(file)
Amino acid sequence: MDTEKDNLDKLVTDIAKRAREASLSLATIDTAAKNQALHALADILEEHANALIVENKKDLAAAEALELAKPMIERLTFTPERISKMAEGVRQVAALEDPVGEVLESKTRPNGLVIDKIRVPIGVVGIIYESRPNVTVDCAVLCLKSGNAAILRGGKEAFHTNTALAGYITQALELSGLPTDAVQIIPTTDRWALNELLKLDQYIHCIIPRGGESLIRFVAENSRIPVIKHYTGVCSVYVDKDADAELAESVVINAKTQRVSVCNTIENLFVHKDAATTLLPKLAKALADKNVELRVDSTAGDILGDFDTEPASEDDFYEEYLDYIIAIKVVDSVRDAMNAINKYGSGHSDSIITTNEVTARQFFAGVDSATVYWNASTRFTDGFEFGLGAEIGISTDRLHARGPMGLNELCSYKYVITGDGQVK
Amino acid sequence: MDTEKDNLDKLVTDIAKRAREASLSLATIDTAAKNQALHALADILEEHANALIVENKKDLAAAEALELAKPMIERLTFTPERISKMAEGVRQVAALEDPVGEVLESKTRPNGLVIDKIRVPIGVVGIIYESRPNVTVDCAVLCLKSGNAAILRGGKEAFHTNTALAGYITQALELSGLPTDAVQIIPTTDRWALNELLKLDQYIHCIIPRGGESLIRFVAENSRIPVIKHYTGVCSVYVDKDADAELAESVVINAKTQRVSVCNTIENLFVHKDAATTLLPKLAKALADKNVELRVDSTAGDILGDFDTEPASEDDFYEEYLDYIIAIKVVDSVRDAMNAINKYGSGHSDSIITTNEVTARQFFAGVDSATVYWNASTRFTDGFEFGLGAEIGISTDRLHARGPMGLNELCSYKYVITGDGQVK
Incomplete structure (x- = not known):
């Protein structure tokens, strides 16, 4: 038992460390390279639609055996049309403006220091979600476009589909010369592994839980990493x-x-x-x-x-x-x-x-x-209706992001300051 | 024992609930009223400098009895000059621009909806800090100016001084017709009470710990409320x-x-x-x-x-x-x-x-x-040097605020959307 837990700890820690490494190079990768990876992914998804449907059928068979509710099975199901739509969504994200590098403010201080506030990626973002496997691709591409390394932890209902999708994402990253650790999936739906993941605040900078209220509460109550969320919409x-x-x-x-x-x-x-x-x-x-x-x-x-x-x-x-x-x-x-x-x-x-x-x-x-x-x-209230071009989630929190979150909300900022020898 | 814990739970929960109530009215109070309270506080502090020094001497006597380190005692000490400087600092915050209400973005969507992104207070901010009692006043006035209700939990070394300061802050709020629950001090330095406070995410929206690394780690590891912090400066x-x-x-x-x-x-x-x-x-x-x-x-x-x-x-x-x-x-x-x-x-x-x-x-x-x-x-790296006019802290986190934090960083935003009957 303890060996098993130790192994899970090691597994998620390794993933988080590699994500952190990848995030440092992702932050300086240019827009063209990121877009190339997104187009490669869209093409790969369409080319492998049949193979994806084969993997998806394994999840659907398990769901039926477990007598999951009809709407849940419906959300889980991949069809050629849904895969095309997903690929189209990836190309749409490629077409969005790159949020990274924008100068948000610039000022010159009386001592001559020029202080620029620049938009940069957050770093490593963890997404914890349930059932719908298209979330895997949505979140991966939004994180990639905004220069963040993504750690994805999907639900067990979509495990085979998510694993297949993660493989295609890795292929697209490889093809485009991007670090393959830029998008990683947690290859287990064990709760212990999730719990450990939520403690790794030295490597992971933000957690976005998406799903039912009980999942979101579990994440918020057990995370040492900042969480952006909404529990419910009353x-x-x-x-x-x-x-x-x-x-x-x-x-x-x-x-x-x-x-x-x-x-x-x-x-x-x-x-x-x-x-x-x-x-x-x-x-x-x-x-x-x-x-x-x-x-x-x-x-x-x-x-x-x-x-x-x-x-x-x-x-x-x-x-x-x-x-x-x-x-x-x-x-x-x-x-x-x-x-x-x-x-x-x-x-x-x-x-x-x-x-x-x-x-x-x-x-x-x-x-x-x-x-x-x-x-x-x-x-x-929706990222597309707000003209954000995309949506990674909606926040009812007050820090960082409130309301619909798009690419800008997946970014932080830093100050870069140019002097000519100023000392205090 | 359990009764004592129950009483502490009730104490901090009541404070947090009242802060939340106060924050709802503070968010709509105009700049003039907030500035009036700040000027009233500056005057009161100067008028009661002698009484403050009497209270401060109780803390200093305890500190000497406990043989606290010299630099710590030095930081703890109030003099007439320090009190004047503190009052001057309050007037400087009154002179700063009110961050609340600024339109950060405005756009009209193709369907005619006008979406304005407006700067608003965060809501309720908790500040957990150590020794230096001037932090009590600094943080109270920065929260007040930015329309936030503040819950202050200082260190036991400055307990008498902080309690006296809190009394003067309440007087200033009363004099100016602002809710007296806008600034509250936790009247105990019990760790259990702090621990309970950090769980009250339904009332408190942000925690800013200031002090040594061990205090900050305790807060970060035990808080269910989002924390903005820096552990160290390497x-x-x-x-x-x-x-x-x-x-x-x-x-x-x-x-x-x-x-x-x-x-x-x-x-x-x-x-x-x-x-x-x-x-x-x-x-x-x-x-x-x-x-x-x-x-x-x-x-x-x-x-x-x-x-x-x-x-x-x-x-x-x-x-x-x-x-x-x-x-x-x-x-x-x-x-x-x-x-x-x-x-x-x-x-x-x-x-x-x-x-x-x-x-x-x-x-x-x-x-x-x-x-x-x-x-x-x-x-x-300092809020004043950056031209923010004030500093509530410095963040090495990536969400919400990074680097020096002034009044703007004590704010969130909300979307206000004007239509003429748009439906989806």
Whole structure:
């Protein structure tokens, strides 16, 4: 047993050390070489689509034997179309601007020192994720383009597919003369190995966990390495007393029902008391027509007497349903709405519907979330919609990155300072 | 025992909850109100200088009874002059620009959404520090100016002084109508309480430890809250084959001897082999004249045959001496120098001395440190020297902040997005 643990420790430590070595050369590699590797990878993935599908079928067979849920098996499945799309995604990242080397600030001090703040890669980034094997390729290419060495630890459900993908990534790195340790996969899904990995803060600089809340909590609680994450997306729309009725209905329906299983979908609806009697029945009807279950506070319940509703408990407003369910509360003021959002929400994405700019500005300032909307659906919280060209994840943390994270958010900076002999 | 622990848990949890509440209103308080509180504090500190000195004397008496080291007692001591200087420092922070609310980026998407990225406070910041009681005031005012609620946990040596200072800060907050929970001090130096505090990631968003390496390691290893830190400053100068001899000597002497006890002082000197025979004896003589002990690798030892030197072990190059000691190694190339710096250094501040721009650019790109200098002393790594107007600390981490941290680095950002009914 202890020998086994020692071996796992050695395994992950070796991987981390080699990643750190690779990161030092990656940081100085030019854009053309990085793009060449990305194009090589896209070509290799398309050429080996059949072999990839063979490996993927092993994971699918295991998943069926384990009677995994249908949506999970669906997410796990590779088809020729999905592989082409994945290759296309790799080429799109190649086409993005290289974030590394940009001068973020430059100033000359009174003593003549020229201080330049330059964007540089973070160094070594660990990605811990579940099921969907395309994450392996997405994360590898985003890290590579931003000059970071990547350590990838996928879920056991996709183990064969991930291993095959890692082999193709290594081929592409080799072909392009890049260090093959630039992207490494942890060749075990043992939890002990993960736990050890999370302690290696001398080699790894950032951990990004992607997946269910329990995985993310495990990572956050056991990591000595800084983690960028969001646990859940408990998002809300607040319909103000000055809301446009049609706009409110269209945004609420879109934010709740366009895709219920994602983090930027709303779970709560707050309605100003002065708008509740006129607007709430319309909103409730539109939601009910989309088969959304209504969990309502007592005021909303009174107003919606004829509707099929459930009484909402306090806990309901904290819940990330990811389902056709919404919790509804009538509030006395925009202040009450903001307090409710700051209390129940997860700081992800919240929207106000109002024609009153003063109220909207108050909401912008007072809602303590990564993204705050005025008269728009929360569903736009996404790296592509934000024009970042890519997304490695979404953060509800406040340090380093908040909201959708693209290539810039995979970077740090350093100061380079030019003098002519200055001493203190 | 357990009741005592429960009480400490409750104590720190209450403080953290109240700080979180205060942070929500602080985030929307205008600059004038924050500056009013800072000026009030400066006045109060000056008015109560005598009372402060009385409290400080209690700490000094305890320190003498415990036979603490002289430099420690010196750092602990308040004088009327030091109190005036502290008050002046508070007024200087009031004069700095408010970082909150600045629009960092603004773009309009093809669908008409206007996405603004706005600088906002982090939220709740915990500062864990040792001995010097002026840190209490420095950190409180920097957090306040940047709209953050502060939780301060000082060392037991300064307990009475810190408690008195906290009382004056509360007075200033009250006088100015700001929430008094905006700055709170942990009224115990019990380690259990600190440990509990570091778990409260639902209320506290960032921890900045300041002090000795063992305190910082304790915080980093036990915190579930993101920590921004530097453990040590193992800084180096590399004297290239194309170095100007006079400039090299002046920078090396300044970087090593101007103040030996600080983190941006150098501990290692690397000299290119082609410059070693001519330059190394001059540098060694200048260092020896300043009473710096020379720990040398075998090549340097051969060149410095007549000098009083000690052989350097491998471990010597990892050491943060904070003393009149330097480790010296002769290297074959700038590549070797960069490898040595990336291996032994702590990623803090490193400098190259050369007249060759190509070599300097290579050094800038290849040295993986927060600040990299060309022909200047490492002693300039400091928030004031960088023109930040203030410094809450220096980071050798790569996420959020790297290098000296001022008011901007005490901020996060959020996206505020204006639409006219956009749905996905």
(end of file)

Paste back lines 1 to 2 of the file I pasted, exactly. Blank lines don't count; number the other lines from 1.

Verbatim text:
Amino acid sequence: MDTEKDNLDKLVTDIAKRAREASLSLATIDTAAKNQALHALADILEEHANALIVENKKDLAAAEALELAKPMIERLTFTPERISKMAEGVRQVAALEDPVGEVLESKTRPNGLVIDKIRVPIGVVGIIYESRPNVTVDCAVLCLKSGNAAILRGGKEAFHTNTALAGYITQALELSGLPTDAVQIIPTTDRWALNELLKLDQYIHCIIPRGGESLIRFVAENSRIPVIKHYTGVCSVYVDKDADAELAESVVINAKTQRVSVCNTIENLFVHKDAATTLLPKLAKALADKNVELRVDSTAGDILGDFDTEPASEDDFYEEYLDYIIAIKVVDSVRDAMNAINKYGSGHSDSIITTNEVTARQFFAGVDSATVYWNASTRFTDGFEFGLGAEIGISTDRLHARGPMGLNELCSYKYVITGDGQVK
Amino acid sequence: MDTEKDNLDKLVTDIAKRAREASLSLATIDTAAKNQALHALADILEEHANALIVENKKDLAAAEALELAKPMIERLTFTPERISKMAEGVRQVAALEDPVGEVLESKTRPNGLVIDKIRVPIGVVGIIYESRPNVTVDCAVLCLKSGNAAILRGGKEAFHTNTALAGYITQALELSGLPTDAVQIIPTTDRWALNELLKLDQYIHCIIPRGGESLIRFVAENSRIPVIKHYTGVCSVYVDKDADAELAESVVINAKTQRVSVCNTIENLFVHKDAATTLLPKLAKALADKNVELRVDSTAGDILGDFDTEPASEDDFYEEYLDYIIAIKVVDSVRDAMNAINKYGSGHSDSIITTNEVTARQFFAGVDSATVYWNASTRFTDGFEFGLGAEIGISTDRLHARGPMGLNELCSYKYVITGDGQVK